Header

UZH-Logo

Maintenance Infos

The influence of weathering and organic matter on heavy metals lability in silicatic, Alpine soils


Egli, M; Sartori, G; Mirabella, A; Giaccai, D; Favilli, F; Scherrer, D; Krebs, R; Delbos, E (2010). The influence of weathering and organic matter on heavy metals lability in silicatic, Alpine soils. Science of the Total Environment, 408(4):931 - 946.

Abstract

We investigated the effect of organic matter and weathering on the lability and solid phase speciation of heavy metals (Cd, Cr, Cu, Ni, Pb, Zn) in two contrasting subalpine regions in the Italian Alps. Cr, Ni and Cu could be linked to weathering. This was not the case for Pb. Since organic matter (OM) influences the solid phase speciation of heavy metals, the total organic C and N content, the C and N content of different density fractions of OM and also of the labile (oxidised by H2O2) and stable (H2O2-resistant) fractions were determined. Soil OM stocks were high and soils on north-facing slopes had more OM than the south-facing sites to which they were paired. Density measurements and the H2O2 fractionation indicated that the higher OM content on north-facing sites was due to an accumulation of weakly degraded organic material. Due to higher weathering intensity on north-facing sites, the abundance of the EDTA-extractable heavy metals was higher than on south-facing sites. All EDTA-extractable heavy metals showed a good correlation to the water-soluble phenolic concentrations which indicates that the metals were probably translocated as metalorganic complexes. Pb and Cu correlate not only to the light (density b1 g/cm3) and labile, organic fraction but also to the heavy (densityN2g/cm3) and stable fraction. High-mountain ecosystems like the Alps are sensitive to changing environmental conditions such as global warming. A warmer climate and the more favourable conditions it brings for biological activity, especially at cooler sites, will probably lead in the short- to mid-term to an increased loss of accumulated, weakly degraded OM. As the Pb and Cu content is significantly related to the labile organic matter pools, the risk exists that an increase in OM mineralisation could affect the storage capacity and mobility of these metals in soils.

Abstract

We investigated the effect of organic matter and weathering on the lability and solid phase speciation of heavy metals (Cd, Cr, Cu, Ni, Pb, Zn) in two contrasting subalpine regions in the Italian Alps. Cr, Ni and Cu could be linked to weathering. This was not the case for Pb. Since organic matter (OM) influences the solid phase speciation of heavy metals, the total organic C and N content, the C and N content of different density fractions of OM and also of the labile (oxidised by H2O2) and stable (H2O2-resistant) fractions were determined. Soil OM stocks were high and soils on north-facing slopes had more OM than the south-facing sites to which they were paired. Density measurements and the H2O2 fractionation indicated that the higher OM content on north-facing sites was due to an accumulation of weakly degraded organic material. Due to higher weathering intensity on north-facing sites, the abundance of the EDTA-extractable heavy metals was higher than on south-facing sites. All EDTA-extractable heavy metals showed a good correlation to the water-soluble phenolic concentrations which indicates that the metals were probably translocated as metalorganic complexes. Pb and Cu correlate not only to the light (density b1 g/cm3) and labile, organic fraction but also to the heavy (densityN2g/cm3) and stable fraction. High-mountain ecosystems like the Alps are sensitive to changing environmental conditions such as global warming. A warmer climate and the more favourable conditions it brings for biological activity, especially at cooler sites, will probably lead in the short- to mid-term to an increased loss of accumulated, weakly degraded OM. As the Pb and Cu content is significantly related to the labile organic matter pools, the risk exists that an increase in OM mineralisation could affect the storage capacity and mobility of these metals in soils.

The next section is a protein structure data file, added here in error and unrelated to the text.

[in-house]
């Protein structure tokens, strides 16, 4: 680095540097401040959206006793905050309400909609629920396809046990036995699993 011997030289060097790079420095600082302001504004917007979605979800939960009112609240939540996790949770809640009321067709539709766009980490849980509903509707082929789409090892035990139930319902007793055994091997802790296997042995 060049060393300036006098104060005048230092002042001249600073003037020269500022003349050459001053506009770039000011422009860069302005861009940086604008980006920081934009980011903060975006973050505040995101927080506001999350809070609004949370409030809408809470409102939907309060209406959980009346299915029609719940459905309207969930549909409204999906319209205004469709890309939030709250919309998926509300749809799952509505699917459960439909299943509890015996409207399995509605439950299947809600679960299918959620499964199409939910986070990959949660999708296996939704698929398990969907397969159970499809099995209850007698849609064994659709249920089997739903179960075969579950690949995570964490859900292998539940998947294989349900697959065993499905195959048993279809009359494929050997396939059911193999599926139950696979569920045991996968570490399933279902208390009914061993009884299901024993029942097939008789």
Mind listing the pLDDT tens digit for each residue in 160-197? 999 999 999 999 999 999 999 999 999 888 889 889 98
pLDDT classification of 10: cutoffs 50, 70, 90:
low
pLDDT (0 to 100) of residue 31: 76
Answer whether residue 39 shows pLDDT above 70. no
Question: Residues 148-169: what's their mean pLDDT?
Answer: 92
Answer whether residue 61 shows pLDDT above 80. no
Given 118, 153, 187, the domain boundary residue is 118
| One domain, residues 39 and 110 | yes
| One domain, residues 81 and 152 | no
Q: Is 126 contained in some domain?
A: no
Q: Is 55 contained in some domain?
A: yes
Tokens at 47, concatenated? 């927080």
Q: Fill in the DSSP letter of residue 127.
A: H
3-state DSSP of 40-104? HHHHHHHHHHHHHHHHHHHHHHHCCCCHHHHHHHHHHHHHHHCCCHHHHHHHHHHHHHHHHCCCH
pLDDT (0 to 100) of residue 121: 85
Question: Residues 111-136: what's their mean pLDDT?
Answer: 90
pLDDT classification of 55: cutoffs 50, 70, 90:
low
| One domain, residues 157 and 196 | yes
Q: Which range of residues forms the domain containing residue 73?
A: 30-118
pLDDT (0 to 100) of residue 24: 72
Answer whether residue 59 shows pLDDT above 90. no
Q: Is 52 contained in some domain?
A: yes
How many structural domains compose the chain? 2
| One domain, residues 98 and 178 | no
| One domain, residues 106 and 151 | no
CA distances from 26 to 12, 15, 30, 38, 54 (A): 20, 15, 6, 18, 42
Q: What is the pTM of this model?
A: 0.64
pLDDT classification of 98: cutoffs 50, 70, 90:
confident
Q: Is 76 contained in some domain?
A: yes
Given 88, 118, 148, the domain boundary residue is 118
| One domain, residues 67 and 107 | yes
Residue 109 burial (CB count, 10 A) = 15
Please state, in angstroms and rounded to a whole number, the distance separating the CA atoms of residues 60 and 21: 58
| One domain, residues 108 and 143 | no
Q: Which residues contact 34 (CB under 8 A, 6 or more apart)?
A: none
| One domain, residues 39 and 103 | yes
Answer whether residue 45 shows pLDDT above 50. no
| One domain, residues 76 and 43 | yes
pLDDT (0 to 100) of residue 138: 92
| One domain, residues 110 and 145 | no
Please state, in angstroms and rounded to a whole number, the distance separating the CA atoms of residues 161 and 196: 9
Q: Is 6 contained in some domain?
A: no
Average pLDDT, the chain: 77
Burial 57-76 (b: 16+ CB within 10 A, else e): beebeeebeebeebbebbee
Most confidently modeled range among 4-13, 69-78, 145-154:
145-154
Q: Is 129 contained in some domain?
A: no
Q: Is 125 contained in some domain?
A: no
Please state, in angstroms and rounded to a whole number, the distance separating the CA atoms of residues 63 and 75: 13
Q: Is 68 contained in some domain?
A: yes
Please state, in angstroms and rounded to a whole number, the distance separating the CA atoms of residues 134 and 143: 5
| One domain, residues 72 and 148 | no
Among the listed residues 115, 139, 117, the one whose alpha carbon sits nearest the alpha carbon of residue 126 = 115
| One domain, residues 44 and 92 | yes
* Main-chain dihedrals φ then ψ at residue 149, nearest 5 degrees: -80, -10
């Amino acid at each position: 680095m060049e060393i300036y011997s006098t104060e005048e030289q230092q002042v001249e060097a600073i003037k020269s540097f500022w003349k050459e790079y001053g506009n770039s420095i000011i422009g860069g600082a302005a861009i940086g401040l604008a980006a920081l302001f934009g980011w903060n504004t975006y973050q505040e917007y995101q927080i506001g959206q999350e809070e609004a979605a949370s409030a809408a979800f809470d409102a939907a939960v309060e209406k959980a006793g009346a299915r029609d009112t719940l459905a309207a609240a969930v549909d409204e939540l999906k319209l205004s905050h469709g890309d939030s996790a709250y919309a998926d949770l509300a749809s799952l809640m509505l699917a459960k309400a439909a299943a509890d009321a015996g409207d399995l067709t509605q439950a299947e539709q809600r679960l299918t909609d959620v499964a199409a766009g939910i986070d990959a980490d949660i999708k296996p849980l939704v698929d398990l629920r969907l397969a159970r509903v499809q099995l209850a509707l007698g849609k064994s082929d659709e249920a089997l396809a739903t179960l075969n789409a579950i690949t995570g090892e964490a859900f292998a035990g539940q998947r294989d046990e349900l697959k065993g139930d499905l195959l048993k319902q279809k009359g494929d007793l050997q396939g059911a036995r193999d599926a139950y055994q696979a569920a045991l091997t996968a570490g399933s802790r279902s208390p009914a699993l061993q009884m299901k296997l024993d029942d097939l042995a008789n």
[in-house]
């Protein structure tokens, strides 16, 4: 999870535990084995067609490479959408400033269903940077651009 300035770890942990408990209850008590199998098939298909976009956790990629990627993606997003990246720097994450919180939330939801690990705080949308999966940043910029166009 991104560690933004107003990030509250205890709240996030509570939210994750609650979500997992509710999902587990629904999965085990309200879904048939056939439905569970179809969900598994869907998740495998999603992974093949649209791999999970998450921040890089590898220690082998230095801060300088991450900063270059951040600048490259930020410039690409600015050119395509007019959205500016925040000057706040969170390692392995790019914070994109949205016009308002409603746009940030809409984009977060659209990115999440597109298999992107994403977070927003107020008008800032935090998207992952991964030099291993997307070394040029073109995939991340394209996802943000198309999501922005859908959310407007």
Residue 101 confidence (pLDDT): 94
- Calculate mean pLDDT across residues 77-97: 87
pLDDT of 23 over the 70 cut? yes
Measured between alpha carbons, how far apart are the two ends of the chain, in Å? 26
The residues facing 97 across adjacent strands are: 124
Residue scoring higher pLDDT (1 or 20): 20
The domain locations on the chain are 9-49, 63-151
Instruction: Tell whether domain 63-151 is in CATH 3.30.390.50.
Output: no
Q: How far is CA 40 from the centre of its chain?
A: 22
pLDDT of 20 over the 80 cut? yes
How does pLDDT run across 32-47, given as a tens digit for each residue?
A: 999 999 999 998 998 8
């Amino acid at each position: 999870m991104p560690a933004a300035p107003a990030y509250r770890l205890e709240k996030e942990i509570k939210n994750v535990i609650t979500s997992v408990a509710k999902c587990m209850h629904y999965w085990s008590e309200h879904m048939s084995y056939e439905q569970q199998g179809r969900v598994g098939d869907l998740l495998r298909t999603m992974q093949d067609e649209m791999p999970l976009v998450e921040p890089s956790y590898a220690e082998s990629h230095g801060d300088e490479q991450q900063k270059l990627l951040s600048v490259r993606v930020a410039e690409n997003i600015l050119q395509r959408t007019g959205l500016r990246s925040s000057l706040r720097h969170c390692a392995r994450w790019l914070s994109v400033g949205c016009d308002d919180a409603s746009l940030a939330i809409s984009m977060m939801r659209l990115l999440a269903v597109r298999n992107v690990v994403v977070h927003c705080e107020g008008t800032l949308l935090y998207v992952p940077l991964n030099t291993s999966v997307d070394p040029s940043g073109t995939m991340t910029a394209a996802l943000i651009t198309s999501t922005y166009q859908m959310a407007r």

Statistics

Citations

18 citations in Web of Science®
19 citations in Scopus®
Google Scholar™

Altmetrics

Downloads

80 downloads since deposited on 11 Feb 2011
8 downloads since 12 months
Detailed statistics

Additional indexing

Item Type:Journal Article, refereed, original work
Communities & Collections:07 Faculty of Science > Institute of Geography
Dewey Decimal Classification:910 Geography & travel
Language:English
Date:2010
Deposited On:11 Feb 2011 17:11
Last Modified:05 Apr 2016 14:37
Publisher:Elsevier
ISSN:0048-9697
Publisher DOI:https://doi.org/10.1016/j.scitotenv.2009.10.005

Download

Preview Icon on Download
Filetype: PDF (Verlags-PDF) - Registered users only
Size: 1MB
View at publisher
Preview Icon on Download
Preview
Content: Accepted Version
Filetype: PDF
Size: 1MB

TrendTerms

TrendTerms displays relevant terms of the abstract of this publication and related documents on a map. The terms and their relations were extracted from ZORA using word statistics. Their timelines are taken from ZORA as well. The bubble size of a term is proportional to the number of documents where the term occurs. Red, orange, yellow and green colors are used for terms that occur in the current document; red indicates high interlinkedness of a term with other terms, orange, yellow and green decreasing interlinkedness. Blue is used for terms that have a relation with the terms in this document, but occur in other documents.
You can navigate and zoom the map. Mouse-hovering a term displays its timeline, clicking it yields the associated documents.

Author Collaborations